In the St Louis area, we negotiate 2 contracts - the first is a rental contract from date x to date y. The second is a purchase contract where the purchase date is the ending date on the lease contract. The buyer is responsible for doing all their inspections up front and those are negotiated up front so everyone knows the status of the home prior to the buyer/renter moving in. The appraisal and the loan commitment date, however have to be within a month before closing, which leaves the seller very vulnerable to what the property values for the area will be when it is time for the second contract to kick in since the sales price is negotiated up front.
They are also vulnerable, because if the buyer isn't able to qualify for a loan when the lease ends (and sometimes that is because the rules for credit scores, how much money you have to put down, etc have changed not because the buyer didn't fix the issues that initially caused them to rent rather than buy right away), they now have a tenant in place, with tenant rights that they have to get out of the home in order to sell it to someone else. I have seen it get to the point where the buyer refused to leave and the seller had to go through the process of evicting them, plus the seller then has to go through the home and make it "show ready" again before it can go back on the market (paint, clean carpets, etc).
On the buyer's side, typically the homes that are set up for lease purchase are the ones that have a bit more difficulty getting sold. Often they have an "issue" that has prevented regular buyers from finding them attractive enough to put in an offer - it may be a wet basement, or a horrible backyard, or they make be on a very busy street or any number of other things. The really nice homes, esp since we are back to a sellers market in much of the greater St Louis area, are selling quickly and the sellers don't need to deal with a lease purchase contract offer. That means that the buyer who choses to put themselves in a lease purchase contract starts out by limiting the homes available to them to ones that have issues that will 99% of the time still be there when they get ready to sell the home in the future.
Bottom line, I highly encourage people to fix their issues first, then buy a home as a regular purchase so they can consider all the homes in their price range, not just the ones that have issues
if you can't qualify now for a loan, or need to save up money for a down payment, I suggest you simply rent and deal with those issues for the time being.......then buy a home when you're financially sound and ready to move forward !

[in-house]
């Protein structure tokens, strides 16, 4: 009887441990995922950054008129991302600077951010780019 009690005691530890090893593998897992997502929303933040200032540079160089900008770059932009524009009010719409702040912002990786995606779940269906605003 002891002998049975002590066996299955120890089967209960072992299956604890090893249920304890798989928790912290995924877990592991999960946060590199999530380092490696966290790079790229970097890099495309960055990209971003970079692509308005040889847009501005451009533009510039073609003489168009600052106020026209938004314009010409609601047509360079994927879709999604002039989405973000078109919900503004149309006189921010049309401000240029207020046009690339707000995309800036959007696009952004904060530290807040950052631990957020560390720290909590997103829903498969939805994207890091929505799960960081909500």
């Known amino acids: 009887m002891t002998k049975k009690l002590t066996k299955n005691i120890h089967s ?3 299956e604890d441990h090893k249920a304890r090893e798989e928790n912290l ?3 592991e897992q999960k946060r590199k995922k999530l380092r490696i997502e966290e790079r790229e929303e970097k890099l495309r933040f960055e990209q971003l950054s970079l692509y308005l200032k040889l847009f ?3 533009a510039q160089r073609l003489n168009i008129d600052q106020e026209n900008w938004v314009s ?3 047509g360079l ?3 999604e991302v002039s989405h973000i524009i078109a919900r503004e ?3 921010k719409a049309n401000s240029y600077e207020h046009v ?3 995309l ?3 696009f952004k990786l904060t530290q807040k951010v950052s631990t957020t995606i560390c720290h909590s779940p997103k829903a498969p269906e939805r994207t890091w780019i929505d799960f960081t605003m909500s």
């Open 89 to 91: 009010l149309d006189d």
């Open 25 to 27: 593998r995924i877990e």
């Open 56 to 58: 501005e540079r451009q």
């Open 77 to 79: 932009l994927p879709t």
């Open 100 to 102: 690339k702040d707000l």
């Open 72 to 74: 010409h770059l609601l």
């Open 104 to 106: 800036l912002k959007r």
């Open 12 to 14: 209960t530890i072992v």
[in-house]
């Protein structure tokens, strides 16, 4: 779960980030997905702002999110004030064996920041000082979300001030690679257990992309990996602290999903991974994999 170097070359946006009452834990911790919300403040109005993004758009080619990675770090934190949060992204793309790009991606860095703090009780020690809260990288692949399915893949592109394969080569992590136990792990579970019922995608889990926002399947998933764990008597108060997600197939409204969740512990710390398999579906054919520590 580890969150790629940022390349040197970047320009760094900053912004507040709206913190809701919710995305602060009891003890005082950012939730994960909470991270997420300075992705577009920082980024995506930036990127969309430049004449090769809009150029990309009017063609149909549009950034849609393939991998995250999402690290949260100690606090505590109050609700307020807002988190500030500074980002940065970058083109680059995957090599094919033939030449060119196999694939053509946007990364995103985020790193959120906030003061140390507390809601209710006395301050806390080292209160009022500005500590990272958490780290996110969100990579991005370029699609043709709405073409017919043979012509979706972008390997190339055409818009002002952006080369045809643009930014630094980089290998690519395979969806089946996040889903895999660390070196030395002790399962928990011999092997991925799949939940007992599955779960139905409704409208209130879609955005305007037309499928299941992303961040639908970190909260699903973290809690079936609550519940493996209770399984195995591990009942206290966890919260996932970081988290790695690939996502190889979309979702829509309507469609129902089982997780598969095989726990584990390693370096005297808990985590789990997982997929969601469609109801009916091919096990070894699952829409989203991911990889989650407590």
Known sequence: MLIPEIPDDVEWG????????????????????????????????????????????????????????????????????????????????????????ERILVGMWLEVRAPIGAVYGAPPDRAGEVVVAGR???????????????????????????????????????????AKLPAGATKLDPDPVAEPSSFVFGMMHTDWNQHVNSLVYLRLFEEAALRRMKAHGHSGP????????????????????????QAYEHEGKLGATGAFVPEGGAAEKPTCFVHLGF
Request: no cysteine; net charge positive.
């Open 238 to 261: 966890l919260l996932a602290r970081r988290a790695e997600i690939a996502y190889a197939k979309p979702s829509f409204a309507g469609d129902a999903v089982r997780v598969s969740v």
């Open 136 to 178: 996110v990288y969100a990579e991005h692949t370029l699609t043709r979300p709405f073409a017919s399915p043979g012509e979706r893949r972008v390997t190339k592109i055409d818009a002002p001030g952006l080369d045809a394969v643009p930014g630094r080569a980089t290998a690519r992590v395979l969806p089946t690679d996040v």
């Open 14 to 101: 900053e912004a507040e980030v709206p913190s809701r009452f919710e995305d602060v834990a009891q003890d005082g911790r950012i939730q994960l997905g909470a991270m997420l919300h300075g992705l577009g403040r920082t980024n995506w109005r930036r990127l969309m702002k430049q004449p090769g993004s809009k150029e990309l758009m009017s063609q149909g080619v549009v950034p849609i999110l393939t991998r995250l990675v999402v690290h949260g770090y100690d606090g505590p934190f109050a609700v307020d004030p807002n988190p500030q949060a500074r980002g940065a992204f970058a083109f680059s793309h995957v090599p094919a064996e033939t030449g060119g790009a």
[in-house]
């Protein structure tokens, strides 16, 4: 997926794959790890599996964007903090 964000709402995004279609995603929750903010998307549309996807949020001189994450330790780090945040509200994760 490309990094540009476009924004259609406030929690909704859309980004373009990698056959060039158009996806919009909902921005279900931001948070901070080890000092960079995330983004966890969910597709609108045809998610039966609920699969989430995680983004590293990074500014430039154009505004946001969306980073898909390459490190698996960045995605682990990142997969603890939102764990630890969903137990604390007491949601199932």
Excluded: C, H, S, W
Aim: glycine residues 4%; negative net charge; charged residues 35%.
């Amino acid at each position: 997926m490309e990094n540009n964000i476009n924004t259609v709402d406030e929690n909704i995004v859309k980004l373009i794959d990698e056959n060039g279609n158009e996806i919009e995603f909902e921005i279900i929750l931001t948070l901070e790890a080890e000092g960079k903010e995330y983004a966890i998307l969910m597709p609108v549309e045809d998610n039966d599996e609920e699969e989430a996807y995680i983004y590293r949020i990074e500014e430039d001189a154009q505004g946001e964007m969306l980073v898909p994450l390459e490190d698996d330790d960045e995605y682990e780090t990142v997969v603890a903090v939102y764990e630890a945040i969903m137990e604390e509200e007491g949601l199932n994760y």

I have just worked on a lease/purchase property recently. What I found was many real estate agents will tell you it is very difficult. In my opinion it is not. There are many sellers out there that have not considered leasing there properties until a buyer can close, but will! All an agent has to do is ask.
Make sure you comepletely underdtand what it involves.
I ifnd that many consumers think it simply means you pay rent, and if you decide to buy the house, all the rent you paid is put towards the purchase.
It (usually) does NOT mean that!!
Usually, there is NON-REFUNDABLE money (deposit) the buyer must put up, or "option"money - you are paying for the right to exercise your option to buy the house at a later date. The seller must sell at the agreed upon price to you - you do not have to buy, but you are paying for the right to walk away - that money will be forfeited if you do not complete the purchase for whatever reason.
If you don't have money to use as a deposit, usually an amount of rent OVER and ABOVE the normal rent is paid, and that overage is applied to the purchase.
You lose that money if you do not buy the house!
So....if you cannot qualify NOW for a loan, for whatever reason, be very certain you will be approved later on.......or you will lose your deposit.........also, be sure the seller is financially sound and not underwater with the mortgage.
Make sure you are protected so that the contract stipulates the house must appraise out at the price you agreed to (that sale price is usually decided now, not at the end of the lease).
I could go on and on, but I won't - just warning you to make sure you really understand what is involved.
If the agent you work with is unsure, or you don't have an agent - please seek the advice of a real estate attorney before signing on any dotted line!
You can visit StLouisPremierLofts.com, Highrises.com, StLouisMissouriHomes.com for current listings and to see learn about living in the City if that is an option you are considering. Any Realtor can help you by searching the MLS. I set all of my clients up on Listingbook so we can work together on finding a great place to live.
Hope this helps.